Toyota RAV4 diesel 2016 review
Our full verdict on the revised SUV with updated 2.0-litre D-4D engine
Even with this refresh, the Toyota RAV4 remains a car you’d buy with your head rather than your heart. It’s competent, efficient, spacious and better looking than before, but unlike the engaging Mazda CX-5 and distinctive Renault Kadjar, this SUV leaves you slightly cold thanks to its uninspiring cabin and merely average dynamics. Still, it will continue to appeal as a sensible, reliable and roomy choice in this class.
The Toyota RAV4 is often credited with having created the compact crossover market. The fourth-generation model has just been revamped for 2016, and the range now includes a petrol-electric hybrid model. However, most will plump for a more conventional diesel, so what's it like?
The brand has removed the ropey old 2.2-litre D-4D engine from the lineup, leaving just the 2.0-litre to fill the gap. To do this, Toyota's upped the power from 124bhp to 141bhp. It’s not much, but it’s enough to match the 2.2’s 0-62mph sprint time of 9.6 seconds. The engine has adequate low-down grunt; it just never feels fast. Revving doesn’t add much pace and it becomes vocal.
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It’s better at a cruise, but a Mazda CX-5 diesel is a lot more refined, smoother and quicker. At least the Toyota’s official economy figure of 60.1mpg is competitive – and over 10mpg better than the 2.2-litre’s.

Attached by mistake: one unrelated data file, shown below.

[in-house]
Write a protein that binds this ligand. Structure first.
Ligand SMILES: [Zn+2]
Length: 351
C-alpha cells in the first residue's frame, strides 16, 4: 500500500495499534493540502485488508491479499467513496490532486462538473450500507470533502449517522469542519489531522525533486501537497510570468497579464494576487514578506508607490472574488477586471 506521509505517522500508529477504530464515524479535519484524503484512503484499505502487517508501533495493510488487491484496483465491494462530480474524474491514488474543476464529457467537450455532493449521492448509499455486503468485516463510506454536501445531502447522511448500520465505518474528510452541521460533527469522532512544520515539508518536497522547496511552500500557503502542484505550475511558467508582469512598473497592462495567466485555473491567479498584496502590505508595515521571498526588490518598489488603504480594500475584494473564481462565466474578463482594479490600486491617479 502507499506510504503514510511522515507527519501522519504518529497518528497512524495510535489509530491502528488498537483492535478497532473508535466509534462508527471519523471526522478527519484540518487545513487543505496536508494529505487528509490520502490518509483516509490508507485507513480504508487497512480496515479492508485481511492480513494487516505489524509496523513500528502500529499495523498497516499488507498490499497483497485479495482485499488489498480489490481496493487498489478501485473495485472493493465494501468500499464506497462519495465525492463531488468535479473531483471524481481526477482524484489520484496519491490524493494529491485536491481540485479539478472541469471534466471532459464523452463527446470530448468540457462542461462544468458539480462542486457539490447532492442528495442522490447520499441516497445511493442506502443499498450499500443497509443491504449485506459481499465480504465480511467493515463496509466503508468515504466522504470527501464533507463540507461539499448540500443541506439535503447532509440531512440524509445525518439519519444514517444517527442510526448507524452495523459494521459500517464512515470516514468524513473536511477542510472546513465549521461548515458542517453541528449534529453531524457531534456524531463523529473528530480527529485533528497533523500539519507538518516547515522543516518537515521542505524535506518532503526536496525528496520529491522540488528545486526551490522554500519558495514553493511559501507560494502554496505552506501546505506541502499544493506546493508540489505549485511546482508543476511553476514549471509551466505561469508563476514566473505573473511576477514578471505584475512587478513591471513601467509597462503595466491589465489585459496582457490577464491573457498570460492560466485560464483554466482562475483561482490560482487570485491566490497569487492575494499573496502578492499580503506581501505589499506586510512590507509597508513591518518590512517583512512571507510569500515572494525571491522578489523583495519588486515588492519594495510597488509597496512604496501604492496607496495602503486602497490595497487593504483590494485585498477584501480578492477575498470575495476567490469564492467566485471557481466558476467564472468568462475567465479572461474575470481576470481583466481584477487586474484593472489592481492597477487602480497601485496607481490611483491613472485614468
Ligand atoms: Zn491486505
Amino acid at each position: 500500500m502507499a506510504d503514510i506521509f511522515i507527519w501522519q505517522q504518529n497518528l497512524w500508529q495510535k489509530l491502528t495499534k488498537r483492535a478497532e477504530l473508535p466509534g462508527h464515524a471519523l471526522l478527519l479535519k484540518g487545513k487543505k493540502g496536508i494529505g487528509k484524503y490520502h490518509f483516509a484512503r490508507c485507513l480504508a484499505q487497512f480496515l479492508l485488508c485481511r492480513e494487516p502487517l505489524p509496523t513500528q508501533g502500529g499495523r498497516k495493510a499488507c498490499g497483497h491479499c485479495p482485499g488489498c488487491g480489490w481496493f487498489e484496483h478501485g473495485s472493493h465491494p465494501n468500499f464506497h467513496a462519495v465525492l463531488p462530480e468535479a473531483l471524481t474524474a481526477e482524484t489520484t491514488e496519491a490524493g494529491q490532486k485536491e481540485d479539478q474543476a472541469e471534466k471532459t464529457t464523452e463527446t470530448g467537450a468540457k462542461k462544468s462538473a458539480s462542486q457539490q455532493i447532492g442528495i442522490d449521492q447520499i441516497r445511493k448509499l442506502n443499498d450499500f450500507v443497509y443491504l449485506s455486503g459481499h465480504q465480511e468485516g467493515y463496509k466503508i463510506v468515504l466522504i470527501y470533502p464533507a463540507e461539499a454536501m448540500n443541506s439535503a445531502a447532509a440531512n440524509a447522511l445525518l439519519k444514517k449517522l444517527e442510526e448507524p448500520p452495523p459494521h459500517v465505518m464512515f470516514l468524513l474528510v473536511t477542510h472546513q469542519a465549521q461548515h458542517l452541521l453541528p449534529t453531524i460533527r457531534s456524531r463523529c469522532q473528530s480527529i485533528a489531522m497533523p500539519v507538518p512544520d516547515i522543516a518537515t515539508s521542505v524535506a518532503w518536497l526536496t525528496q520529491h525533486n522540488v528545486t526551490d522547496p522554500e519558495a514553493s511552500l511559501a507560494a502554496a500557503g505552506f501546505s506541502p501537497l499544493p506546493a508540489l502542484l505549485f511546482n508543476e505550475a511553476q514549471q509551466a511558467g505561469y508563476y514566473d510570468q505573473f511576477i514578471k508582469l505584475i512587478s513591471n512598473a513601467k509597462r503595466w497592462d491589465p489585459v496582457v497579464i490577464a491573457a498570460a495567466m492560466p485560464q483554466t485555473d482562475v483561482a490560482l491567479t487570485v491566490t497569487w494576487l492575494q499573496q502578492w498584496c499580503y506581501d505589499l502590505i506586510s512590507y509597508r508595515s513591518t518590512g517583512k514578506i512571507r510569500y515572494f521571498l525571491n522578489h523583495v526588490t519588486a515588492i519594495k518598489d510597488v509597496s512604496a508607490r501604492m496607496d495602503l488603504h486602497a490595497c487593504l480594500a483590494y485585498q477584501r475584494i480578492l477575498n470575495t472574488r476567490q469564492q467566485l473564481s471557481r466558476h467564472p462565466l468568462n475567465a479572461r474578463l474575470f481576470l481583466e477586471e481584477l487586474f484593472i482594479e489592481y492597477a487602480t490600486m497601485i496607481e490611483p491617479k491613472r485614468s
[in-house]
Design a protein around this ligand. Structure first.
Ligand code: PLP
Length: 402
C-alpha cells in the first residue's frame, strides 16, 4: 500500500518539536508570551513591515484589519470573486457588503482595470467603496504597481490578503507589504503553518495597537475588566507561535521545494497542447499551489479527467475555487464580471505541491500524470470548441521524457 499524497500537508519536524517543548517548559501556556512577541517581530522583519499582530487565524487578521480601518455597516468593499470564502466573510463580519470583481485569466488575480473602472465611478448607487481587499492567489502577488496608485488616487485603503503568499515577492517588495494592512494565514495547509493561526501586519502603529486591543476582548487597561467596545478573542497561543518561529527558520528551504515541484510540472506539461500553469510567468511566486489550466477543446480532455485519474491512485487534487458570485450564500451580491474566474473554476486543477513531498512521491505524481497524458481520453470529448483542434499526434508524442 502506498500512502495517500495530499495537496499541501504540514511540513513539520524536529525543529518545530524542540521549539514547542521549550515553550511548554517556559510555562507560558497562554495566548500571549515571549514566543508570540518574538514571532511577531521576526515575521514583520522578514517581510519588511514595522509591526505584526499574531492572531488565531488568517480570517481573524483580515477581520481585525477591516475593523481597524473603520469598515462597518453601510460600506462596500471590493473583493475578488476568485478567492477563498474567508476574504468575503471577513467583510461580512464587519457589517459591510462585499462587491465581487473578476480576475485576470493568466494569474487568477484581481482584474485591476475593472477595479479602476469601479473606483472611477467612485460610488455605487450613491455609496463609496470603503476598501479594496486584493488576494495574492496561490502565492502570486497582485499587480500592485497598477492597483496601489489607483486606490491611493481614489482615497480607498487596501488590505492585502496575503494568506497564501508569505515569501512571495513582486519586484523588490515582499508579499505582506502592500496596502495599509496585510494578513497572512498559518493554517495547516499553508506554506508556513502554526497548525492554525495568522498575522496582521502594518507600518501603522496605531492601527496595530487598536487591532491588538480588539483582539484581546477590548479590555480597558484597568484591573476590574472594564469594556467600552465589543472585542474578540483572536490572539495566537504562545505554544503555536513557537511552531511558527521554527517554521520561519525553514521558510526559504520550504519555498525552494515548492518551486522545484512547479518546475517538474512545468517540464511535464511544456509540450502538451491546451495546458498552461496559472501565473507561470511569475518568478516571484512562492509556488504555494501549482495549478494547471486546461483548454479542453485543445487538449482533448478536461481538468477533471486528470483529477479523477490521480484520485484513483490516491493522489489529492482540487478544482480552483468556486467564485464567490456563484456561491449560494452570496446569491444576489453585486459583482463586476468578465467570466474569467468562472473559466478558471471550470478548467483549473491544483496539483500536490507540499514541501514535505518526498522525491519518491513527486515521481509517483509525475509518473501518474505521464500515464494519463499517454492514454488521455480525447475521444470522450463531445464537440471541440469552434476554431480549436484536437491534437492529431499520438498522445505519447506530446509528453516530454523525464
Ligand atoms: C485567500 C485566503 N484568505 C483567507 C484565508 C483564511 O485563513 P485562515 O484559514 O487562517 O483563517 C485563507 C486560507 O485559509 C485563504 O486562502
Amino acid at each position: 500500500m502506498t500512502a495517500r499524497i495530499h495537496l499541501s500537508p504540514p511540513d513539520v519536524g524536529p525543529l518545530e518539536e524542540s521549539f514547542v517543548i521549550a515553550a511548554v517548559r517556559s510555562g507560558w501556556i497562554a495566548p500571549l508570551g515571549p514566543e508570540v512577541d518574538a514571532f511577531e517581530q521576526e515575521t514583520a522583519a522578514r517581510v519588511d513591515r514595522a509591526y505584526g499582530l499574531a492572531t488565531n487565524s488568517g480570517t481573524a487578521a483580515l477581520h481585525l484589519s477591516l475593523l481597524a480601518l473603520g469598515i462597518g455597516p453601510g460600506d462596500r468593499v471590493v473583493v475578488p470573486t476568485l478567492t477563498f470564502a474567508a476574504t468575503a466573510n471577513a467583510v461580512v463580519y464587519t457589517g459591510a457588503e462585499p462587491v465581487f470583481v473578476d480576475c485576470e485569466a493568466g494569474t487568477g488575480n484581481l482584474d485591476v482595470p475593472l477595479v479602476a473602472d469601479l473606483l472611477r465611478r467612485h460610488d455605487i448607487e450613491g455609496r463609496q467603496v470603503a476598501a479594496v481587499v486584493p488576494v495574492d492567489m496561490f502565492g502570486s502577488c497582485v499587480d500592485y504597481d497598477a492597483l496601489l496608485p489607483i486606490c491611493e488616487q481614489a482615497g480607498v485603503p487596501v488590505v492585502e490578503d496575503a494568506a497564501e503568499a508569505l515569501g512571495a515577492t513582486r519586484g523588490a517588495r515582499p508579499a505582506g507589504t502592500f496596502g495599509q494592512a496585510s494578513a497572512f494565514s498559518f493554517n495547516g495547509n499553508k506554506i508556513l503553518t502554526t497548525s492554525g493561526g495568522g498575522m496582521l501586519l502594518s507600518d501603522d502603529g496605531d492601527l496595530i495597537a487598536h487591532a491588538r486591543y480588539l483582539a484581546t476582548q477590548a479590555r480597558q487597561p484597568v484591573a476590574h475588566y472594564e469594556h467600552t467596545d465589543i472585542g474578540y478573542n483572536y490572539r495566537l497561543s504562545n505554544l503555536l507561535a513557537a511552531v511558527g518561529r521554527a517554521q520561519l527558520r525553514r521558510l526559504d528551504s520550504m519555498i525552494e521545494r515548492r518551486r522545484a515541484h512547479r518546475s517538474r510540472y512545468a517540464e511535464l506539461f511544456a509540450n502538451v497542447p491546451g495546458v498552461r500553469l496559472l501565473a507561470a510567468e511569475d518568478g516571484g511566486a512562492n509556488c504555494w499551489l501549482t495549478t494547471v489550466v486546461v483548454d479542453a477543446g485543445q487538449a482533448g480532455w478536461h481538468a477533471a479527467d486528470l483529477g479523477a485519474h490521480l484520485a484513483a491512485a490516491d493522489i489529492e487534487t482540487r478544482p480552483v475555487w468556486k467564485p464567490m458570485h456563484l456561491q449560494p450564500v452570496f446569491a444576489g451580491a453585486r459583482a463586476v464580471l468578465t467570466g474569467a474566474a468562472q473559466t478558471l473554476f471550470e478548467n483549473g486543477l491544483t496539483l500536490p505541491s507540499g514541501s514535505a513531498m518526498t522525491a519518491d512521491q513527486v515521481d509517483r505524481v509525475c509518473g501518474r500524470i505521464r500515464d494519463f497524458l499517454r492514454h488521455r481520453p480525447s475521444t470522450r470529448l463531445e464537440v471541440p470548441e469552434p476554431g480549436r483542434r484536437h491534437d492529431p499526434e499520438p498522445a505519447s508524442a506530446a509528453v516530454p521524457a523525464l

The RAV4 is decent to drive. Although the ride is firm in town, there’s plenty of grip and body roll is kept in check. It’s capable enough, but a CX-5 is more involving and a Renault Kadjar more cosseting. Wind noise is noticeable at motorway speeds, too.
The fresh exterior look – in particular the sharp front end – helps the Toyota appear less generic than before. However, it’s best described as ‘functional’ inside; while everything is solid to the touch, it’s dark and uninspiring to look at. Our mid-spec Icon model has smart metal-effect trim and a leather-look dash panel, although it’s not going to win any awards for design.
You get lots of kit as standard, including sat-nav, LED headlights, dual-zone climate control and an electric bootlid. Buyers will also appreciate the space on offer, as the RAV4 is one of the biggest cars in its class. There’s loads of room for four adults and five at a push, while the boot is big enough and has a very low loading lip.